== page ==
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Do you think it's possible?

 
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Hi,

I know very little about processing residential sewage (black water) so I wanted to ask the forums here a question.

It's not exactly about composting, though.

I don't actually plan on doing this but I'm curious if it could be theoretically done as another option for DIY wastewater treatment.

I see a lot of these DIY hydroponic systems (the Dutch bucket system, etc.) on YouTube. I was wondering if the concept could be modified to process wastewater with non-edible plants so an actual flushing toilet could be used.

Basically, my thinking is could you hook up a regular flushing toilet to a system of plastic drums with plants sitting on a grate in the upper half of each drum, with the black water flowing into the lower empty half of the drums? The plant roots would grow down through the grate to access the nutrients in the flushed water below, thus using and naturally processing the waste water. A layer of cover material could be periodically placed around the plants top layer to seal off any unpleasant fumes.

I'm not sure where aeration comes in but that could be employed as needed.

Thanks for any feedback.
 
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Hey Michael,

Great question, I bet someone has a good answer. I remember reading a thread on a flushing toilet that used worms,
it is out of Australia and has their governmental equivalent of EPA approval. Here is the link to the permie post about it.

Worm Food
 
Mike Feddersen
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Michael,

I went back and was reading through the above mentioned thread and one of the contributors mentioned
a woman that used a flushing toilet, worms in a box and (plants) to suck up the gray water. They included
a link to her information.
 
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I know that cattails have been used to purify water and remove heavy metals but you certainly would not want to be eating any of those plants.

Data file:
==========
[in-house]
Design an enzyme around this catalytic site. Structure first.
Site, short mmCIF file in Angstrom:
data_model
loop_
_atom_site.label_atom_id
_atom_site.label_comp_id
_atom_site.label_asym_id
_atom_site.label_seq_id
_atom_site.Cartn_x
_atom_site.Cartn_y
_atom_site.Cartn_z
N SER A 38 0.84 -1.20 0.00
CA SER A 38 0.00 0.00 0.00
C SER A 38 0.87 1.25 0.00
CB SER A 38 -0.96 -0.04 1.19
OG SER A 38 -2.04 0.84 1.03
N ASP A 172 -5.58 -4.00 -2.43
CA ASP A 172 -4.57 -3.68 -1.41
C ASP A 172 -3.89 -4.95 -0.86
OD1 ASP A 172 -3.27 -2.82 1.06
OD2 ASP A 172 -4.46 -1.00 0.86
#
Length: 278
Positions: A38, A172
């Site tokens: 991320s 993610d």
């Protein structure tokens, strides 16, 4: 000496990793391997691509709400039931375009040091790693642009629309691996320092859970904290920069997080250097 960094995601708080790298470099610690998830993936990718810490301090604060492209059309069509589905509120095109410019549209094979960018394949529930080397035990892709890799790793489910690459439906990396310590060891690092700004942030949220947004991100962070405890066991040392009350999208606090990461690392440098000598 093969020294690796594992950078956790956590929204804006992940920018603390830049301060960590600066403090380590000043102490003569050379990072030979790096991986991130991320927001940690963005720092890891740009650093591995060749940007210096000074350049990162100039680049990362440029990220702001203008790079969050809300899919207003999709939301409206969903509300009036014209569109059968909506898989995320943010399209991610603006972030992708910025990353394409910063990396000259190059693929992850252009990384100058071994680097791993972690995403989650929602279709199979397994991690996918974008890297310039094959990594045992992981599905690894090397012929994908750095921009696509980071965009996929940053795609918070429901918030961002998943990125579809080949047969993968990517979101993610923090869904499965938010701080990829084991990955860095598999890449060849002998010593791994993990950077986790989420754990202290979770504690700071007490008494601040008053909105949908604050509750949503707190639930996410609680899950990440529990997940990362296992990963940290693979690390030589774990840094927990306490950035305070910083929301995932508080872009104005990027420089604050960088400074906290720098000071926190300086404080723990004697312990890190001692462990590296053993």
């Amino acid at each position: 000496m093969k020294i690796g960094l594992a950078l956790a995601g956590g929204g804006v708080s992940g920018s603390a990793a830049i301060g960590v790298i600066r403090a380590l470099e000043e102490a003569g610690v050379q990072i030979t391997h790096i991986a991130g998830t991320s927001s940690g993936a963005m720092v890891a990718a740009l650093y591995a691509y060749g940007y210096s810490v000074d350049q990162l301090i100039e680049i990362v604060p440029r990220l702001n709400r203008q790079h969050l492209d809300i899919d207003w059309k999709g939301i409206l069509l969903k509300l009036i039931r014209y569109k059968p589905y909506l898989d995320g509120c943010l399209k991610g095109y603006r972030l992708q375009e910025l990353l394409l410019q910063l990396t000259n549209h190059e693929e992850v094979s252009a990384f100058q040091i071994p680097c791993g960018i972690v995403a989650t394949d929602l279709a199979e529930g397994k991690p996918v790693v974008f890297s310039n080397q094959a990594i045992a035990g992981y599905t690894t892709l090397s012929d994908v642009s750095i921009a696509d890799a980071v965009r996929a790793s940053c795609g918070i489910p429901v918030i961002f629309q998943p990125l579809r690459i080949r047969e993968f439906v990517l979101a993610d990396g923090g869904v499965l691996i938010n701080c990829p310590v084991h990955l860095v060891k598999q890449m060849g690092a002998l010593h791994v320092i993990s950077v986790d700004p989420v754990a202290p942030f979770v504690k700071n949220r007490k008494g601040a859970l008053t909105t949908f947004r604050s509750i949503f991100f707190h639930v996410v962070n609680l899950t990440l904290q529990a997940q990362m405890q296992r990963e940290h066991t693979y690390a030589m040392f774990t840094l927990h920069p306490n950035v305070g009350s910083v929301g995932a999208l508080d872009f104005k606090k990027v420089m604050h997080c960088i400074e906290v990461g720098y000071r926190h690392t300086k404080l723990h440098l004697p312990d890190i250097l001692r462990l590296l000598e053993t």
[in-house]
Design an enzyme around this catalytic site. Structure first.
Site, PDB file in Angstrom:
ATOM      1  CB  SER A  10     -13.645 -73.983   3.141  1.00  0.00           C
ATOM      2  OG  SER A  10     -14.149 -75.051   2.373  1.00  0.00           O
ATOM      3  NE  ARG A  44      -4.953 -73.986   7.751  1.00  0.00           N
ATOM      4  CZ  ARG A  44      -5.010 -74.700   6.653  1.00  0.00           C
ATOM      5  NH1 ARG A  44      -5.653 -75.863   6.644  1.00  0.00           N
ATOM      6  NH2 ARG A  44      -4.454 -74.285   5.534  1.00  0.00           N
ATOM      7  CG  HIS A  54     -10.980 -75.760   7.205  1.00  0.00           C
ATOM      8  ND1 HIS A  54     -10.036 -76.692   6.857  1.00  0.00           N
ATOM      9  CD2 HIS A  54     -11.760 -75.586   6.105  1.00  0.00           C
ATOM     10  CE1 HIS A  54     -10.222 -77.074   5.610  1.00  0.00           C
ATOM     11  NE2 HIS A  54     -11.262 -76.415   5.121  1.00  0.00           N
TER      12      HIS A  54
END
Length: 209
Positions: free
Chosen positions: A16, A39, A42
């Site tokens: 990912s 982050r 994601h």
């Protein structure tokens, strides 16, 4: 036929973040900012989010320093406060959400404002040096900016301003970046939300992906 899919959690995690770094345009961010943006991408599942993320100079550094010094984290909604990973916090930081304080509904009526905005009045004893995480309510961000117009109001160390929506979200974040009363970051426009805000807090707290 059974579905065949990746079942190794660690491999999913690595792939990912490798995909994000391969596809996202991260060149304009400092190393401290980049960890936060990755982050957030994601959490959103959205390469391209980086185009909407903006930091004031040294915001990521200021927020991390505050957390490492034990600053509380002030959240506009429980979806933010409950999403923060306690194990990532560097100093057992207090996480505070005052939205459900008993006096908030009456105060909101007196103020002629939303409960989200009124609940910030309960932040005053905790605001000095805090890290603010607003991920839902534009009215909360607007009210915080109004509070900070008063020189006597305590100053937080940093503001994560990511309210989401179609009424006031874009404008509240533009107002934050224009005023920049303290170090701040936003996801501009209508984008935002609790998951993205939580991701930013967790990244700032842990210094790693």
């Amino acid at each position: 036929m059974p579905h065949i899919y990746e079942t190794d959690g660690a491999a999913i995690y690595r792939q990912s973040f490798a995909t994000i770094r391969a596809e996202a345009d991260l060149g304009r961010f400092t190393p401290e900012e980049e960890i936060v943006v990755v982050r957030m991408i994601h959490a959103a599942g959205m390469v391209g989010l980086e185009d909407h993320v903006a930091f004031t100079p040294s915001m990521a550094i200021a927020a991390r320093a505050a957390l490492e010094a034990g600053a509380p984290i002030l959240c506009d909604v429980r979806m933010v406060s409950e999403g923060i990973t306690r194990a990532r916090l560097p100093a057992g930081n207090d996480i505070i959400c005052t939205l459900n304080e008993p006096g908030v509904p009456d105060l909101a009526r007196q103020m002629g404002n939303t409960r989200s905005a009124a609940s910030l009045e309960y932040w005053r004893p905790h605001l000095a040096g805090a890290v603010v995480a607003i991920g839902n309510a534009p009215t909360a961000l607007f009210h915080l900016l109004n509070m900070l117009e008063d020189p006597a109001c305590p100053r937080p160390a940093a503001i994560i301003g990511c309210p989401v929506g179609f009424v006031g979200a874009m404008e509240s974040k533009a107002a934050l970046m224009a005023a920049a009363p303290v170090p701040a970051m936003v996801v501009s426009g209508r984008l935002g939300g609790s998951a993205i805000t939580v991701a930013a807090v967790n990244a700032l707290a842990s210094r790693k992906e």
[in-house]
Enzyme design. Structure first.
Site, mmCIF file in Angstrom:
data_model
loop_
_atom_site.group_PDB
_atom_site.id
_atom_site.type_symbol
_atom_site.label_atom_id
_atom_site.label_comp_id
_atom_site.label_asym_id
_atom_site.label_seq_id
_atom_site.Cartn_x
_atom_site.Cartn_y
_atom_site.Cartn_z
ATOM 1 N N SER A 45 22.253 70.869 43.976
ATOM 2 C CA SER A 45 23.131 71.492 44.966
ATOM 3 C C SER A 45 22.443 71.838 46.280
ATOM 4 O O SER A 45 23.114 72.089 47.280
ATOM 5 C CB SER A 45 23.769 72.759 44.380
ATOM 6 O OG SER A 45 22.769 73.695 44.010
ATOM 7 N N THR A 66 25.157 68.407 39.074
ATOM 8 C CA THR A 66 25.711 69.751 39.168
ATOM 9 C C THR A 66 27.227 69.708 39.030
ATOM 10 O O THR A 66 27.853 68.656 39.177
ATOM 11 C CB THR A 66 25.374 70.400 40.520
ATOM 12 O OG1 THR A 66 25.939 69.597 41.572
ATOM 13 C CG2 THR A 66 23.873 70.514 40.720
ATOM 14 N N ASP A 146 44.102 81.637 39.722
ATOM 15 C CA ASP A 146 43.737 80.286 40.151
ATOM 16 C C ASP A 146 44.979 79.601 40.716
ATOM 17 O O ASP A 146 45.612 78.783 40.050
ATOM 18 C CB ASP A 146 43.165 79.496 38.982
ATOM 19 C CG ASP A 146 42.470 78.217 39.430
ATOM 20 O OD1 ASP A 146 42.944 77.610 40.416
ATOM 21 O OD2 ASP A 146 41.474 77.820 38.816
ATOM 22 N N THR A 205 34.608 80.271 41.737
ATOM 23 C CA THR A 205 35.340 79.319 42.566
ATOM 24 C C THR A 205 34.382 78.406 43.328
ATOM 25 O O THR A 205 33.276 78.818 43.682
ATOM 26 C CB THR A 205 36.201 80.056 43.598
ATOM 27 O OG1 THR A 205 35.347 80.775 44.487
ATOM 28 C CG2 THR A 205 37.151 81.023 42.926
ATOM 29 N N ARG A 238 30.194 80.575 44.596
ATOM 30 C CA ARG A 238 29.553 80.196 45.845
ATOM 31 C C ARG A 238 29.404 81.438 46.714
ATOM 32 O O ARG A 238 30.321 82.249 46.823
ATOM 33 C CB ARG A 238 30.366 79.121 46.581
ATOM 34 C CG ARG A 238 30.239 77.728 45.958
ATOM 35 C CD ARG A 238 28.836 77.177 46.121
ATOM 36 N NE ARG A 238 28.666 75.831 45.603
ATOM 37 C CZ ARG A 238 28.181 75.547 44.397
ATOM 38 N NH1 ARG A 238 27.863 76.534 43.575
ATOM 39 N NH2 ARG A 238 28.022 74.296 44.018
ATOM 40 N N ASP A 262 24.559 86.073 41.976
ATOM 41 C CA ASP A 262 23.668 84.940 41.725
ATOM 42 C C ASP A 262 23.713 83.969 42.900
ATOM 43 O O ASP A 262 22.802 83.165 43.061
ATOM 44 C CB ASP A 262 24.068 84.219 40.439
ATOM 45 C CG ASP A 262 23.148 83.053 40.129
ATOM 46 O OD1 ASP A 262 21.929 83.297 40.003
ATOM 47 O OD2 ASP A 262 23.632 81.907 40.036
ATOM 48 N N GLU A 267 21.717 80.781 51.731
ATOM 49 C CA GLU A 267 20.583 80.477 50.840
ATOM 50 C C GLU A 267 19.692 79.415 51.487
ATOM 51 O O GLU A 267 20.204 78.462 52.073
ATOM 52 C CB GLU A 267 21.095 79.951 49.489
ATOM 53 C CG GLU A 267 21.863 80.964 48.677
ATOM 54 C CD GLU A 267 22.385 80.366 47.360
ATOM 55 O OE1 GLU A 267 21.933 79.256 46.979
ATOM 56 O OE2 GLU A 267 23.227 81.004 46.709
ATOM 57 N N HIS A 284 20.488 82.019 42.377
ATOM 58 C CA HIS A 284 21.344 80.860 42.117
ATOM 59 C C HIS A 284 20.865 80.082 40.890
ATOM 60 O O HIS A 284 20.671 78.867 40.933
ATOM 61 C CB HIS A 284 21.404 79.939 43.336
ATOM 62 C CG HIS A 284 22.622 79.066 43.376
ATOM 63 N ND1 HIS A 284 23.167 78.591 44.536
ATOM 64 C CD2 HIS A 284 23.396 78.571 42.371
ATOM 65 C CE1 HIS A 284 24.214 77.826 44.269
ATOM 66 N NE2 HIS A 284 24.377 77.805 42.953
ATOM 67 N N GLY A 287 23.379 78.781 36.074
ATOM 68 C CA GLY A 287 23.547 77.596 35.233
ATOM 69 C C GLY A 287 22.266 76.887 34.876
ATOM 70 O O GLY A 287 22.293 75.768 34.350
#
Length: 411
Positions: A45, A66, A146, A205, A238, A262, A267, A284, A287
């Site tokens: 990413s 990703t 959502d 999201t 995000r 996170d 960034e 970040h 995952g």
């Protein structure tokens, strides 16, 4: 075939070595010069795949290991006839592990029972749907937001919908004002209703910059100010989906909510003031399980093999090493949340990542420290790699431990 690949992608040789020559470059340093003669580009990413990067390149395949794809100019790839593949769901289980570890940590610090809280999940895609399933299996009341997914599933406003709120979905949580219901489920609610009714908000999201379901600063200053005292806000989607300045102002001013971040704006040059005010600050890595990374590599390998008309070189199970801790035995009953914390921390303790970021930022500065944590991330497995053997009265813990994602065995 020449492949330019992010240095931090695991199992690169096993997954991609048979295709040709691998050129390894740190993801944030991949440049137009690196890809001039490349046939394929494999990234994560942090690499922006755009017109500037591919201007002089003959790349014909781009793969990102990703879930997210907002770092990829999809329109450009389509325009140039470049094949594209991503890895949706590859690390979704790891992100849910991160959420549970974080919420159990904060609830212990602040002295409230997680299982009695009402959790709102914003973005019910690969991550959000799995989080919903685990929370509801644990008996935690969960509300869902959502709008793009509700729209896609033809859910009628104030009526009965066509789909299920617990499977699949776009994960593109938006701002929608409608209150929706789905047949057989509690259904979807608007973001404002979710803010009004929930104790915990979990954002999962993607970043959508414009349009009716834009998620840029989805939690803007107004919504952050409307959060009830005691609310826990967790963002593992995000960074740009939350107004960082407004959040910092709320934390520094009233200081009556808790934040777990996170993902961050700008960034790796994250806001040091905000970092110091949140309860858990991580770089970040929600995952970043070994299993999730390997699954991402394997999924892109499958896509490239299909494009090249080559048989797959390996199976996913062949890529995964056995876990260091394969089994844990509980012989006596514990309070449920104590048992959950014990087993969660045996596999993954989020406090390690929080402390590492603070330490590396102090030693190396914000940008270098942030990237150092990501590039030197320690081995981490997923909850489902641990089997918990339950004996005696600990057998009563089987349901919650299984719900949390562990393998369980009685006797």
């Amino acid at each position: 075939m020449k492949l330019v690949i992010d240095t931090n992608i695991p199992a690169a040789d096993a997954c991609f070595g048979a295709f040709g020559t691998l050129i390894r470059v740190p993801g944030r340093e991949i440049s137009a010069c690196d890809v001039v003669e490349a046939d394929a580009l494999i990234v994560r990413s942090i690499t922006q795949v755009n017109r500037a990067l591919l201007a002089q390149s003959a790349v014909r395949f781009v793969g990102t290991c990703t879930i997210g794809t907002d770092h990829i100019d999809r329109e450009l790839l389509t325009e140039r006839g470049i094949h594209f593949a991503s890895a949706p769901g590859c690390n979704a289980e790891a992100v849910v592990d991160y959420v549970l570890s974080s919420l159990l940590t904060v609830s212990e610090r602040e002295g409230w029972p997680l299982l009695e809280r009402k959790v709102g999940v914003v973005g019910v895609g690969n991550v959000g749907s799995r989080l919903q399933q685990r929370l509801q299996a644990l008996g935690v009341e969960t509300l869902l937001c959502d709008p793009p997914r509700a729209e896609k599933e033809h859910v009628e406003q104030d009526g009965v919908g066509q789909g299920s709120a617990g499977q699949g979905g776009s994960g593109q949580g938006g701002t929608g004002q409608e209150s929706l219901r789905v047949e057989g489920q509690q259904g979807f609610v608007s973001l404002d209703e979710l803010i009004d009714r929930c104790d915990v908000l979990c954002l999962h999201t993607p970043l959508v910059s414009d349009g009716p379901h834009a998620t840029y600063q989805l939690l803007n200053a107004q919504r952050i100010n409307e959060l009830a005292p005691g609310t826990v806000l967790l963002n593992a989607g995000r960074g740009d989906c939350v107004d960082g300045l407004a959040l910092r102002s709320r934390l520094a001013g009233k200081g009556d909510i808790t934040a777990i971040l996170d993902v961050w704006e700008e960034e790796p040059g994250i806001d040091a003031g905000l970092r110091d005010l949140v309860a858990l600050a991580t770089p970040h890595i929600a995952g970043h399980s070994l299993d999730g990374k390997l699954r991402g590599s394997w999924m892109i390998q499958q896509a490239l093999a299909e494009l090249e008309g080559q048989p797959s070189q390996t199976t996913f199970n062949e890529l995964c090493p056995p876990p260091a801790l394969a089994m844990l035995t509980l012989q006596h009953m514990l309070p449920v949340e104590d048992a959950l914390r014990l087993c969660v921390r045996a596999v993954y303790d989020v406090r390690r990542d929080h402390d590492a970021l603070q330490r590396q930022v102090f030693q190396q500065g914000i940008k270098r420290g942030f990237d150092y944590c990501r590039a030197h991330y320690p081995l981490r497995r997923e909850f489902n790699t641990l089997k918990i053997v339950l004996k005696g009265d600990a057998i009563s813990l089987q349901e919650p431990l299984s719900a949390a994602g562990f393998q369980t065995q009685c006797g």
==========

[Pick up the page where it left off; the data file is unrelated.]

Michael Andreas
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Mike Feddersen wrote:Hey Michael,

Great question, I bet someone has a good answer. I remember reading a thread on a flushing toilet that used worms,
it is out of Australia and has their governmental equivalent of EPA approval. Here is the link to the permie post about it.

Worm Food



Thanks, Mike. There can't be enough options and alternatives when it comes to residential water processing. Certainly, something to keep in mind. It looks about as construction intensive as putting in a regular septic, correct? I didn't see any pricing on the worm farm website I found through the link you provided.

My ideal system would be something low cost, self-contained and DIY. Of course, I realize that might be asking a lot but this thread was posted mostly as hypothetical. I'm interested if something like I proposed could work, if I ever attempted it.



 
Michael Andreas
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Mike Feddersen wrote:Michael,

I went back and was reading through the above mentioned thread and one of the contributors mentioned
a woman that used a flushing toilet, worms in a box and (plants) to suck up the gray water. They included
a link to her information.



I think I found it.

Ah, that's what I'm talking about! A simple plan! Thanks, Mike.
 
Michael Andreas
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bud smith wrote:I know that cattails have been used to purify water and remove heavy metals but you certainly would not want to be eating any of those plants.



Cattails would definitely be one of the plants I would have in mind for such a system.
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